4. 4. Lucidity London | Case Study | In Situ Media Page 4 of 15 Task Lucidity London were commissioned to help management reverse the decline in sales, and return the company to profitable growth. To this end, our strategic objectives were articulated as: 1. Assess customers current perceptions of leisure centre media, and the company’s overall service 2. Build consensus around a new strategy which aligns the core proposition to the needs of Britain’s biggest advertisers and their intermediaries 3. Remodel inefficient business processes to support continuously rising quality standards 4. Begin modifying the set of associations surrounding the In Situ brand and focus on building ‘quality’ attributes 5. Achieve gross media revenue of £1.5m in 2013-14 Action External Reality Digs To understand customers’ perceptions of In Situ and their leisure centre media proposition, we asked senior planners and buyers who knew the business well to participate in a process we call Reality Digs. Among the sample, we found the most commonly-held perceptions of leisure centre media were somewhat downmarket: ‘council-run centres’, ‘C2D audience’ and ‘not illuminated’ were among the more frequently recalled top-of-mind attributes. And in private health clubs, advertisers had an easy way to compare the attributes and performance of both the media and the contractor. This assessment revealed more downmarket perceptions though - there had been relatively few similarities between the development of private health club and leisure centre media over the years (see Appendix B). These customers also told us that leisure centre media presented specific problems for advertisers, including:  a low quality panel network (“not illuminated”, “no regeneration of sheetage”)  difficulty understanding which sites offered genuine impact and long dwell-times to advertisers (“too many parallel panels”, “clutter in the environment”)  lack of investment in media self-bolstering activities (“poor photographs”, “lacks research”, “no new case studies”)  sales and marketing presentations that “haven’t changed for years” Exhibit 1 - Example of a low quality poster panel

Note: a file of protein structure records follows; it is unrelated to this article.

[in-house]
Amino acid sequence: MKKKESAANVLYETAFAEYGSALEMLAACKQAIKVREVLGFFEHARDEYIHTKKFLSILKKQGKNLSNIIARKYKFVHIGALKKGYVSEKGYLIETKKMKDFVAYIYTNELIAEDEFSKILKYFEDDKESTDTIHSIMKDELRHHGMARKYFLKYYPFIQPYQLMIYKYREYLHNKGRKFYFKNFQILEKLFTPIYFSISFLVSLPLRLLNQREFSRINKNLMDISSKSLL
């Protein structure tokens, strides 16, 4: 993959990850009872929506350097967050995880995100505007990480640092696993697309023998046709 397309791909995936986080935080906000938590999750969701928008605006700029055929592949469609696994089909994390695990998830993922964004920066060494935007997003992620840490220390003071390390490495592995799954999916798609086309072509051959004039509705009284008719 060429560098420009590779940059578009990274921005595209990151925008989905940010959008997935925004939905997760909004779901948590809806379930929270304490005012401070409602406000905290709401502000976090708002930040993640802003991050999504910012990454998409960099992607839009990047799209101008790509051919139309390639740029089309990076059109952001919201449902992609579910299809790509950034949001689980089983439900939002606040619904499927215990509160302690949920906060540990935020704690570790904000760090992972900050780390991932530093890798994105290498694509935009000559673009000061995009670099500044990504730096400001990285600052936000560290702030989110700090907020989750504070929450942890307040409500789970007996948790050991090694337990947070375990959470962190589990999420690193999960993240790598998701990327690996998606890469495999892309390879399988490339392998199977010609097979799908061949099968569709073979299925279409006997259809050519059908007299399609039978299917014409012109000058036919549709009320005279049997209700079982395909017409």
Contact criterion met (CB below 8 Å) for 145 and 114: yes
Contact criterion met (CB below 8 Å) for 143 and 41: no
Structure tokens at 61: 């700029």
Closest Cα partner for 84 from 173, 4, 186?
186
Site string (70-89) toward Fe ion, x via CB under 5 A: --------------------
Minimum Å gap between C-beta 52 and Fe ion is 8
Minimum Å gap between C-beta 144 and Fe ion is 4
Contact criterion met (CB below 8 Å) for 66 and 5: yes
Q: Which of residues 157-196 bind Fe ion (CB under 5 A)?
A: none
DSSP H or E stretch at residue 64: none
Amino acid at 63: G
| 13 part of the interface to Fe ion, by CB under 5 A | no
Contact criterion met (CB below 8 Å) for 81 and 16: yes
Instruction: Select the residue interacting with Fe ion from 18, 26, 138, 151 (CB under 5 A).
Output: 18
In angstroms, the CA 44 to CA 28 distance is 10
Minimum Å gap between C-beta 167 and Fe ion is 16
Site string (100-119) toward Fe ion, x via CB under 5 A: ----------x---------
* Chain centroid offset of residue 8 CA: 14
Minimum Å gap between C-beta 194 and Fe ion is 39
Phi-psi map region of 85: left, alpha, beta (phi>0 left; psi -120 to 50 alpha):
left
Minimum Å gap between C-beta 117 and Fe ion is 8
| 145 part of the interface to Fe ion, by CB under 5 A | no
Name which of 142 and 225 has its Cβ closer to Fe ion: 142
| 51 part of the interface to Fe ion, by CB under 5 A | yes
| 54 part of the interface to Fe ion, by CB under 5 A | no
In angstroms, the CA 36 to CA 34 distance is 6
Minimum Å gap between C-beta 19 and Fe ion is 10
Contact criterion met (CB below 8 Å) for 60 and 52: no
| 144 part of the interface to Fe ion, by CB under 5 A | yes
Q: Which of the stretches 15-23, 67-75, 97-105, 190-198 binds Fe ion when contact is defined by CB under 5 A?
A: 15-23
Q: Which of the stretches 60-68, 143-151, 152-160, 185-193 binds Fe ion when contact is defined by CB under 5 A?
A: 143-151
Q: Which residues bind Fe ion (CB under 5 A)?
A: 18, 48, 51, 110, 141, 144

5. 5. Lucidity London | Case Study | In Situ Media Page 5 of 15 Delving further into customers’ frustrations, we arranged to interview decision-makers at an influential out-of-home specialist with whom relations had recently become strained. For them, leisure centre media was surrounded by a constellation of unhelpful attributes associated with In Situ rather than the format itself, including:  management which lacked commitment to the industry’s drive for greater professionalism  observable lack of investment in product, sales, marketing and operations  comparatively low product and service standards They went on to describe a modern media environment in which greater creativity had driven agencies to consult more closely with media owners and work with clients to match new technologies with innovative executions. The relationship between agencies and media owners, which once may have been considered adversarial, had become far more collaborative. Without digital, Wi-Fi or Bluetooth capabilities in the network, In Situ had missed out on this trend. Internal Reality Digs When we assessed the company’s service delivery model, we discovered a proposition that was being undermined by flaws in the design of its processes and systems. For a while now, management had ignored critical issues related to buyers’ assessment of quality in both pre- and post-sales service (see Table 2). Table 2 – Key Processes and their Impact on Quality Stage Process Quality Assessment Criteria Pre Panel Assessment what is the presentation like Posting how are ads put on display Audience Estimation how many people will see my ad Post Proof-of-Posting what evidence is supplied to prove my ads are on display as specified Campaign Evaluation how many people saw my ad See Appendix B for a more detailed description As the reality of the challenges facing the management team became clearer, so too did the root cause of the company’s decline. In the absence of a formal planning process, In Situ had responded to the credit crunch by drifting towards a strategy of cost minimisation. This was driving a general perception that the company was unresponsive to customers’ concerns. And, to people for whom winning in their own business was about caring more than other companies (about customers, about colleagues, about how the organisation conducts itself in a world with endless opportunities to cut corners), In Situ had fallen way behind. New Strategy, New Direction Having persuaded In Situ’s management to recognise the enormous changes taking place across the industry, and take an honest look at the company’s operations, we needed to build consensus around a new plan to revitalise the business. After all, national advertisers were still looking for places to interrupt consumers to deliver commercial messages. And public leisure centres were still being visited by millions of Brits each week.